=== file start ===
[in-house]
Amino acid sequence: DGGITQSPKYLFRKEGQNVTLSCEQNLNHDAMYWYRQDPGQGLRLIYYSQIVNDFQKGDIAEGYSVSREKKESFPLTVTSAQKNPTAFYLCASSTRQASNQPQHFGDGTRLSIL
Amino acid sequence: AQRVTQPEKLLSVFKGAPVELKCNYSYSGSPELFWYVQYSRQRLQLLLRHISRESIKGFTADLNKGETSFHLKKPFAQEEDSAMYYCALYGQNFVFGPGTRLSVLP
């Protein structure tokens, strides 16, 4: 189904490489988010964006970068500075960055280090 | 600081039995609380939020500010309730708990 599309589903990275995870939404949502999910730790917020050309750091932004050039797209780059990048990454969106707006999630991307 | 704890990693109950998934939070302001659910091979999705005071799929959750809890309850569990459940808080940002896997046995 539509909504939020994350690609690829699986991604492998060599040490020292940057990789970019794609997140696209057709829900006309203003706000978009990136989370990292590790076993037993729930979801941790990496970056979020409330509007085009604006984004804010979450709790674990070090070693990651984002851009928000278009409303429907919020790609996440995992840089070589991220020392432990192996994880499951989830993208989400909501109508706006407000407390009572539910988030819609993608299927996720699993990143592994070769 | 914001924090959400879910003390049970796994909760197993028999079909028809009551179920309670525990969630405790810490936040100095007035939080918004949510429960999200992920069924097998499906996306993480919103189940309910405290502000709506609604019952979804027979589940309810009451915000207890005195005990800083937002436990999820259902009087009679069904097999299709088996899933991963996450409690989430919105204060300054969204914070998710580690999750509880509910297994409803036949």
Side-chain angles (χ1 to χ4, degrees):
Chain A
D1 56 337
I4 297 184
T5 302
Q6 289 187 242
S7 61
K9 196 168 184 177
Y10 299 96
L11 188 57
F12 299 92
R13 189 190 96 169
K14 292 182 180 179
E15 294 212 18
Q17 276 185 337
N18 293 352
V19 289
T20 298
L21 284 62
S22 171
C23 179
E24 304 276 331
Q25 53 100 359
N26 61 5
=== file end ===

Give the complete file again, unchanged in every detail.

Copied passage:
[in-house]
Amino acid sequence: DGGITQSPKYLFRKEGQNVTLSCEQNLNHDAMYWYRQDPGQGLRLIYYSQIVNDFQKGDIAEGYSVSREKKESFPLTVTSAQKNPTAFYLCASSTRQASNQPQHFGDGTRLSIL
Amino acid sequence: AQRVTQPEKLLSVFKGAPVELKCNYSYSGSPELFWYVQYSRQRLQLLLRHISRESIKGFTADLNKGETSFHLKKPFAQEEDSAMYYCALYGQNFVFGPGTRLSVLP
């Protein structure tokens, strides 16, 4: 189904490489988010964006970068500075960055280090 | 600081039995609380939020500010309730708990 599309589903990275995870939404949502999910730790917020050309750091932004050039797209780059990048990454969106707006999630991307 | 704890990693109950998934939070302001659910091979999705005071799929959750809890309850569990459940808080940002896997046995 539509909504939020994350690609690829699986991604492998060599040490020292940057990789970019794609997140696209057709829900006309203003706000978009990136989370990292590790076993037993729930979801941790990496970056979020409330509007085009604006984004804010979450709790674990070090070693990651984002851009928000278009409303429907919020790609996440995992840089070589991220020392432990192996994880499951989830993208989400909501109508706006407000407390009572539910988030819609993608299927996720699993990143592994070769 | 914001924090959400879910003390049970796994909760197993028999079909028809009551179920309670525990969630405790810490936040100095007035939080918004949510429960999200992920069924097998499906996306993480919103189940309910405290502000709506609604019952979804027979589940309810009451915000207890005195005990800083937002436990999820259902009087009679069904097999299709088996899933991963996450409690989430919105204060300054969204914070998710580690999750509880509910297994409803036949």
Side-chain angles (χ1 to χ4, degrees):
Chain A
D1 56 337
I4 297 184
T5 302
Q6 289 187 242
S7 61
K9 196 168 184 177
Y10 299 96
L11 188 57
F12 299 92
R13 189 190 96 169
K14 292 182 180 179
E15 294 212 18
Q17 276 185 337
N18 293 352
V19 289
T20 298
L21 284 62
S22 171
C23 179
E24 304 276 331
Q25 53 100 359
N26 61 5